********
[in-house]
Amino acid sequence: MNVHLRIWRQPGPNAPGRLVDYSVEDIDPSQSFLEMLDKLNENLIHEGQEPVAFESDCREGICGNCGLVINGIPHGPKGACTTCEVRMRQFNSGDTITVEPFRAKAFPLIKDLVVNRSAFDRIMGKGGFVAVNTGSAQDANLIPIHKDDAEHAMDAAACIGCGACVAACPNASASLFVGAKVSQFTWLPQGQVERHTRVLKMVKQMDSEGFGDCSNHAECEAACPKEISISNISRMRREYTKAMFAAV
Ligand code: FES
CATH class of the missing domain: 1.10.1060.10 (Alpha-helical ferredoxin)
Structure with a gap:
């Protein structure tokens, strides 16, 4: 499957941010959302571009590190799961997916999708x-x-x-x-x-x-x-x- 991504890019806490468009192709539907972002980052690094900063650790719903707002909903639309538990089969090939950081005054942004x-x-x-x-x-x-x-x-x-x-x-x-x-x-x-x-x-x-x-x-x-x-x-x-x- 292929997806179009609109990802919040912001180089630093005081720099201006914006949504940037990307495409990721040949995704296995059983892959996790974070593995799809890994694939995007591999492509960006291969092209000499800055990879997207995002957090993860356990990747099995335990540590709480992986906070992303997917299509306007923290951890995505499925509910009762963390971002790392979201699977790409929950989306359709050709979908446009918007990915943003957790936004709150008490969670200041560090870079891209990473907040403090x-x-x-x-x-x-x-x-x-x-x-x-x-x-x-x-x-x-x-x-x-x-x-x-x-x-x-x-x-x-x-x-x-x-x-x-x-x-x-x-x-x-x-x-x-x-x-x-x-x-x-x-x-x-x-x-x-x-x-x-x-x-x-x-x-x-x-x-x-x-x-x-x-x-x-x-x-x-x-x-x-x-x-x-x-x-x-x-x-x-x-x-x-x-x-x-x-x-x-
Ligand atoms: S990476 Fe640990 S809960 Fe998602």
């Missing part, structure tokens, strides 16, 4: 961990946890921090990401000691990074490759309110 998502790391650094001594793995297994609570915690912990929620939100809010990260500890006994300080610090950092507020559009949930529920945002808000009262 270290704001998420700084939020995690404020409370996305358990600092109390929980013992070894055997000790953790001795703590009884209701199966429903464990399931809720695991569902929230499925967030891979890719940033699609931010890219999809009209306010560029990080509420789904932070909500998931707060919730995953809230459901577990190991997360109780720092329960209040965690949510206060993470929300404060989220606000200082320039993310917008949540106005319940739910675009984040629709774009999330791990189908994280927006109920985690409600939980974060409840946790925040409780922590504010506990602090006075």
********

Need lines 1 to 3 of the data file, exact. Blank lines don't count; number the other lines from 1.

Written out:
[in-house]
Amino acid sequence: MNVHLRIWRQPGPNAPGRLVDYSVEDIDPSQSFLEMLDKLNENLIHEGQEPVAFESDCREGICGNCGLVINGIPHGPKGACTTCEVRMRQFNSGDTITVEPFRAKAFPLIKDLVVNRSAFDRIMGKGGFVAVNTGSAQDANLIPIHKDDAEHAMDAAACIGCGACVAACPNASASLFVGAKVSQFTWLPQGQVERHTRVLKMVKQMDSEGFGDCSNHAECEAACPKEISISNISRMRREYTKAMFAAV
Ligand code: FES